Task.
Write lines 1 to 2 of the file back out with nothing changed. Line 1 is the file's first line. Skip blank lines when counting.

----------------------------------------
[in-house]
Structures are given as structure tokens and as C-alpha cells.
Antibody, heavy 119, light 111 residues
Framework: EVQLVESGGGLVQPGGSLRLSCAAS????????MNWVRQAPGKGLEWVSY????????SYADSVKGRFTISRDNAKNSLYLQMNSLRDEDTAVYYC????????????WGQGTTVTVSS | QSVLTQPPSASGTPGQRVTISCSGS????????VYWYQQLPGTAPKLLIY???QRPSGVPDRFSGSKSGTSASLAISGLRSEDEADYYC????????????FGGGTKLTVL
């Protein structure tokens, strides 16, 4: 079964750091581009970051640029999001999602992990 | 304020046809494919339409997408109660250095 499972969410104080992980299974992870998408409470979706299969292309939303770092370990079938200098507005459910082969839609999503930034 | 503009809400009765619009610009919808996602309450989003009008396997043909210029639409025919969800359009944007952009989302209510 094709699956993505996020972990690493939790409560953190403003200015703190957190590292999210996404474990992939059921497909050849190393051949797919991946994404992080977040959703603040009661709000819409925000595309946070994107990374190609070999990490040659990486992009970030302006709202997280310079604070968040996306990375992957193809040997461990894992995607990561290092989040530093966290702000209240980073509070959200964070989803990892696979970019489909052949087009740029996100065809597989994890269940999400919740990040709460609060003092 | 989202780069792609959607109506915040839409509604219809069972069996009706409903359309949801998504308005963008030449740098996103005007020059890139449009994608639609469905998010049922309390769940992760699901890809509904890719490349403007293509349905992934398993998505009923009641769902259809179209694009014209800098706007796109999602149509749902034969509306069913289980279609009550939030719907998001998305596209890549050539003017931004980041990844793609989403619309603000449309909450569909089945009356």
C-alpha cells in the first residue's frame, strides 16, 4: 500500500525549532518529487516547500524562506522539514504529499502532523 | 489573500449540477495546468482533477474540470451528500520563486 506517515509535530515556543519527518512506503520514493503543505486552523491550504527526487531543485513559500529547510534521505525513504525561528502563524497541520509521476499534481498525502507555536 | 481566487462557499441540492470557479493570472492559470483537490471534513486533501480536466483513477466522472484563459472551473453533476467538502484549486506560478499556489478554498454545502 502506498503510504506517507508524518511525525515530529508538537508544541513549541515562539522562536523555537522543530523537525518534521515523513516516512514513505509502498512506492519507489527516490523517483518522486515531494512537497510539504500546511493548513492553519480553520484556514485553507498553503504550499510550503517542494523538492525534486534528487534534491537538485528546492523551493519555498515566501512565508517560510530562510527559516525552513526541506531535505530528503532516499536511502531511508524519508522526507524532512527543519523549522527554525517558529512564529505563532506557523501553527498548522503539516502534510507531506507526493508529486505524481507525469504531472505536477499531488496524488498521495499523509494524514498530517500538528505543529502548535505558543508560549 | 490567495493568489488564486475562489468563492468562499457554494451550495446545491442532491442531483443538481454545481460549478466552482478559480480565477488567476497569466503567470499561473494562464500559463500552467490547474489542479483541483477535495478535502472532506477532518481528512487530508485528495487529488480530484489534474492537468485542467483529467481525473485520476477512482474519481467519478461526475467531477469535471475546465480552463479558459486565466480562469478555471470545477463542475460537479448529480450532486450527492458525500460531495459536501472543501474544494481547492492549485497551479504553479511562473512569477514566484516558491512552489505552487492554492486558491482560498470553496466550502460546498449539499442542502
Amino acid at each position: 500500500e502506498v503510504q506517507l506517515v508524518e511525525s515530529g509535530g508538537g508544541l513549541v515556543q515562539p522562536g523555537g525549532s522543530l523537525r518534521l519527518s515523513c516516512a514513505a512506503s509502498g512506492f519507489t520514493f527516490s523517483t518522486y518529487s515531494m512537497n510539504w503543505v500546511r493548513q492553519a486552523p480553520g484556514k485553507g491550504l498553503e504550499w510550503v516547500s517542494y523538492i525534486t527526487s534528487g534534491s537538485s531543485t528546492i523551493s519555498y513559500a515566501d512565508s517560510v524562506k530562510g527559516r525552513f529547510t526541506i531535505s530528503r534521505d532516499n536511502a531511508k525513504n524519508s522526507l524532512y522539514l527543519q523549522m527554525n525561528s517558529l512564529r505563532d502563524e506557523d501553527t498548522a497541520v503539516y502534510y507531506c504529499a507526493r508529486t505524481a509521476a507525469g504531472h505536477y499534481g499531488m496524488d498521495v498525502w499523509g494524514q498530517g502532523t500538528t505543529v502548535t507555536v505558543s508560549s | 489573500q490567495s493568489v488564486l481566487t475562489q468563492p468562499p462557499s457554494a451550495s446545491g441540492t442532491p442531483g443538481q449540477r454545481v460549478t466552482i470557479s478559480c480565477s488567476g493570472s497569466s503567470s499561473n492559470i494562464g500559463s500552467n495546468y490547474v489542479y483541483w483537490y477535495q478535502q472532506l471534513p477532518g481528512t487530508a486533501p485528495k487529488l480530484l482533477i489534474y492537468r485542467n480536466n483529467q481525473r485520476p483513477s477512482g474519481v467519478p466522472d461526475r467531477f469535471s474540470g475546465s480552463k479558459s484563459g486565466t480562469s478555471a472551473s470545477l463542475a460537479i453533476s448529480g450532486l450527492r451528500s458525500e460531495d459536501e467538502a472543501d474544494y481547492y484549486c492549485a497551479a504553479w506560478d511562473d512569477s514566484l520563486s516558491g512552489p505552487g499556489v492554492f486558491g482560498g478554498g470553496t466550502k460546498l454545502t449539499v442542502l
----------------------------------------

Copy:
[in-house]
Structures are given as structure tokens and as C-alpha cells.